March 13, 2013
Contact: Carol McKay, NCL Communications (724) 799-5392, firstname.lastname@example.org
Washington, DC–When an employer misclassifies an employee as an independent contractor, everyone suffers, from workers to taxpayers. By skirting their responsibility to pay taxes, employers pass a heavy tax burden onto workers. Additionally, workers lose crucial employment protections such as minimum wage, paid overtime, workers compensation, and unemployment insurance.
Today, the National Consumers League hosted a Senate briefing on Capitol Hill, featuring a panel of worker advocates, state agency staff, and industry experts to unveil new survey findings about consumers’ awareness of payroll fraud. The survey, conducted by ORC International and commissioned by the National Consumers League, found that most consumers are unaware of the existence of employee misclassification, but are near-unanimously opposed to the negative consequences misclassification creates for workers and tax payers.
“Honest businesses, employees, communities, states, and the federal government are all affected by payroll fraud, which is on the rise in states all across the country,” said Sally Greenberg, Executive Director of the National Consumers League (NCL), America’s pioneering consumer and worker advocacy organization.
A 2009 report by the United States Government Accountability Office (GAO) estimated that payroll fraud decreased federal revenues by $2.72 billion in 2006. Certain industries including construction, real estate, home care, trucking, and janitorial services have disproportionally high rates of misclassification. These rates continue to rise according to numerous state studies. In California, for example, the number of unreported employees identified by the Economic Development Department increased by a third between 2006 and 2008. More recent studies are needed to understand the full effect of payroll fraud on federal revenues.
“Many consumers do not know how serious and widespread cases of misclassification are in the workplace. Once we educate people about this issue, however, nearly everyone agrees that employers are benefitting at the expense of hard working Americans. People lose valuable worker protections such as paid overtime and worker’s compensation, leaving them vulnerable and without any job security,” said Michell McIntyre, Project Director for NCL’s Special Project on Wage Theft.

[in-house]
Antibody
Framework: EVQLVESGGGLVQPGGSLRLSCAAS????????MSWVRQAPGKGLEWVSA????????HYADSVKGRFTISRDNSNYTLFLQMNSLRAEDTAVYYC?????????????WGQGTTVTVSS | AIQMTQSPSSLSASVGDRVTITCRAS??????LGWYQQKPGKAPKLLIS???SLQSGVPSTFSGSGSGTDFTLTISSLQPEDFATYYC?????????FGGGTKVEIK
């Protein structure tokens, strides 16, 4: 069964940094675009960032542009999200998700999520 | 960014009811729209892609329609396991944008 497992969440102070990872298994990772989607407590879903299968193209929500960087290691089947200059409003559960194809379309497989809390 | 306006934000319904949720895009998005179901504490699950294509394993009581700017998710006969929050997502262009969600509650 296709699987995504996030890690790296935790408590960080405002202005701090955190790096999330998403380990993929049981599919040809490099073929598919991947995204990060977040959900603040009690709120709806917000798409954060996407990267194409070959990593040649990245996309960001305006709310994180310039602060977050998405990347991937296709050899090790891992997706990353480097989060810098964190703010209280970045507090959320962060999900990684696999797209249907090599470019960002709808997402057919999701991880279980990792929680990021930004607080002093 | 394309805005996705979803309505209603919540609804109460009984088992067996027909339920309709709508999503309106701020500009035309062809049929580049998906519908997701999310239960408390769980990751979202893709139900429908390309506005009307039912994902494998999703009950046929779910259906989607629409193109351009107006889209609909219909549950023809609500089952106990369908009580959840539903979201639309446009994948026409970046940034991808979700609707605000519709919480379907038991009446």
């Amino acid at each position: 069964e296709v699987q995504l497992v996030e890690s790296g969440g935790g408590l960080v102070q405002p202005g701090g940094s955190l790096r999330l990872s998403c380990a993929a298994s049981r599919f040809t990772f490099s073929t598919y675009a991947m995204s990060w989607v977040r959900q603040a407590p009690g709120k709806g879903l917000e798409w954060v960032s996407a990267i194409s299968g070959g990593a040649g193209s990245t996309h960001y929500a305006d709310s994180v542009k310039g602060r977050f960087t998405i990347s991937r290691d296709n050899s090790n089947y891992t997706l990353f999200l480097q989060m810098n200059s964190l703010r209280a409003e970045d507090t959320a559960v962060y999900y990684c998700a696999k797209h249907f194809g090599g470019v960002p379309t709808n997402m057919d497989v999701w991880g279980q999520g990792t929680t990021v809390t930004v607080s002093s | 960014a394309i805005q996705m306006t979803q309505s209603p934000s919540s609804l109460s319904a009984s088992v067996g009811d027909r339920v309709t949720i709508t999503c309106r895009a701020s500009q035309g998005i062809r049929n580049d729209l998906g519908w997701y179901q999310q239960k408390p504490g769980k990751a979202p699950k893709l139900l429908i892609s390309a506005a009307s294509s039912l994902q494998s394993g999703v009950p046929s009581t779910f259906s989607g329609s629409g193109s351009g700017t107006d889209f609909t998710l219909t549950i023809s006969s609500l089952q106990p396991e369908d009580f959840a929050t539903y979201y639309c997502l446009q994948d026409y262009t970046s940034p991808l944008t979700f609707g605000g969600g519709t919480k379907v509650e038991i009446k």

Awareness of “employee misclassification” is low, described to respondents as “a form of payroll fraud in which an employer intentionally classifies workers as ‘independent contractors’ instead of ‘employees’ in order to deprive workers of their workplace protections and defraud state and federal treasuries out of income taxes”.
Two in three Americans (65%) have not heard of employee misclassification.
- Awareness of this term is substantially lower among females, 71% of whom have not heard of it versus 59% of males.
- Lack of awareness decreases with education: 72% of those with a high school education or less have never heard of the term, compared to 63% of respondents with some college education and 55% of college graduates.
Once familiarized with the concept of “employee misclassification,” respondents expressed strong views against it, including support for punishment of the companies that engage in this practice.
- Nine in ten consumers (90%) “strongly agree” or “agree” that it is important that companies do not misclassify workers as independent contractors in order to prevent workers from receiving minimum wage and paid overtime.
- Agreement is higher among women, with 93% agreeing with the statement versus 87% of men.
According to 93% of Americans who express agreement, companies that intentionally misclassify workers as independent contractors in order to dodge paying minimum wage, overtime, workers compensation and taxes should be fined or punished.
- Once again, females are more inclined to say they “strongly agree” or “agree” with fines or punishment (95% vs. 90% males).
Nearly all consumers (96%) are in agreement that workers should be clearly informed in writing that they have been classified as independent contractors at the beginning of employment.
- Agreement is universally high among all demographic subgroups.
These results are based on 1,024 telephone interviews among a random sample of US adults 18 years old and older. Interviews were conducted over the period December 13-16, 2012, utilizing both landline and cell telephones. Results among total sample have an error margin of +/- 3%. Interviewing was conducted on behalf of National Consumers League using ORC International’s CARAVAN® survey.
About the National Consumers League
The National Consumers League, founded in 1899, is America’s pioneer consumer organization. Our mission is to protect and promote social and economic justice for consumers and workers in the United States and abroad. For more information, visit www.nclnet.org.